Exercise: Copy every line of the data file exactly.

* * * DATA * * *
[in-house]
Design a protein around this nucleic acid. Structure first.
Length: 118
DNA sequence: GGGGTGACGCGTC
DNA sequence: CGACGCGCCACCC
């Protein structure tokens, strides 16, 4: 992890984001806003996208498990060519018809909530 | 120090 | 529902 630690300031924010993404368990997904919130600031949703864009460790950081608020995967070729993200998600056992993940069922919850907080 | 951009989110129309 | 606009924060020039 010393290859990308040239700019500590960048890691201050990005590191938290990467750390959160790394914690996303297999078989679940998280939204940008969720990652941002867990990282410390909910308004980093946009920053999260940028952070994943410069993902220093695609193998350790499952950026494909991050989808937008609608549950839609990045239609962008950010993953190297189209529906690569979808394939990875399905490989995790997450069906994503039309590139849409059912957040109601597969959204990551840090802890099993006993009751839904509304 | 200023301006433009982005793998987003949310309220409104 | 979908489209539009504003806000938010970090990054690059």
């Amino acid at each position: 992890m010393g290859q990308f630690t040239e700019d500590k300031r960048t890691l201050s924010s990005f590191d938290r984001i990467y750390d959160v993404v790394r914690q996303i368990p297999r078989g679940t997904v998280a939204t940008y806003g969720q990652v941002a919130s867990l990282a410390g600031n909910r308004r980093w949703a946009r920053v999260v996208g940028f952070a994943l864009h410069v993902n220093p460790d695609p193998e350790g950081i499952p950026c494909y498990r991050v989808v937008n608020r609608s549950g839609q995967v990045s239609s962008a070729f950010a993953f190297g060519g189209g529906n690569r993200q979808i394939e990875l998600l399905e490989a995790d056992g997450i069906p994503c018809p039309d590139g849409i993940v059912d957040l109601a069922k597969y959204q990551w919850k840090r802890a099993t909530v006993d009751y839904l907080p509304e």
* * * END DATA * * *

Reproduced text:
[in-house]
Design a protein around this nucleic acid. Structure first.
Length: 118
DNA sequence: GGGGTGACGCGTC
DNA sequence: CGACGCGCCACCC
């Protein structure tokens, strides 16, 4: 992890984001806003996208498990060519018809909530 | 120090 | 529902 630690300031924010993404368990997904919130600031949703864009460790950081608020995967070729993200998600056992993940069922919850907080 | 951009989110129309 | 606009924060020039 010393290859990308040239700019500590960048890691201050990005590191938290990467750390959160790394914690996303297999078989679940998280939204940008969720990652941002867990990282410390909910308004980093946009920053999260940028952070994943410069993902220093695609193998350790499952950026494909991050989808937008609608549950839609990045239609962008950010993953190297189209529906690569979808394939990875399905490989995790997450069906994503039309590139849409059912957040109601597969959204990551840090802890099993006993009751839904509304 | 200023301006433009982005793998987003949310309220409104 | 979908489209539009504003806000938010970090990054690059």
């Amino acid at each position: 992890m010393g290859q990308f630690t040239e700019d500590k300031r960048t890691l201050s924010s990005f590191d938290r984001i990467y750390d959160v993404v790394r914690q996303i368990p297999r078989g679940t997904v998280a939204t940008y806003g969720q990652v941002a919130s867990l990282a410390g600031n909910r308004r980093w949703a946009r920053v999260v996208g940028f952070a994943l864009h410069v993902n220093p460790d695609p193998e350790g950081i499952p950026c494909y498990r991050v989808v937008n608020r609608s549950g839609q995967v990045s239609s962008a070729f950010a993953f190297g060519g189209g529906n690569r993200q979808i394939e990875l998600l399905e490989a995790d056992g997450i069906p994503c018809p039309d590139g849409i993940v059912d957040l109601a069922k597969y959204q990551w919850k840090r802890a099993t909530v006993d009751y839904l907080p509304e």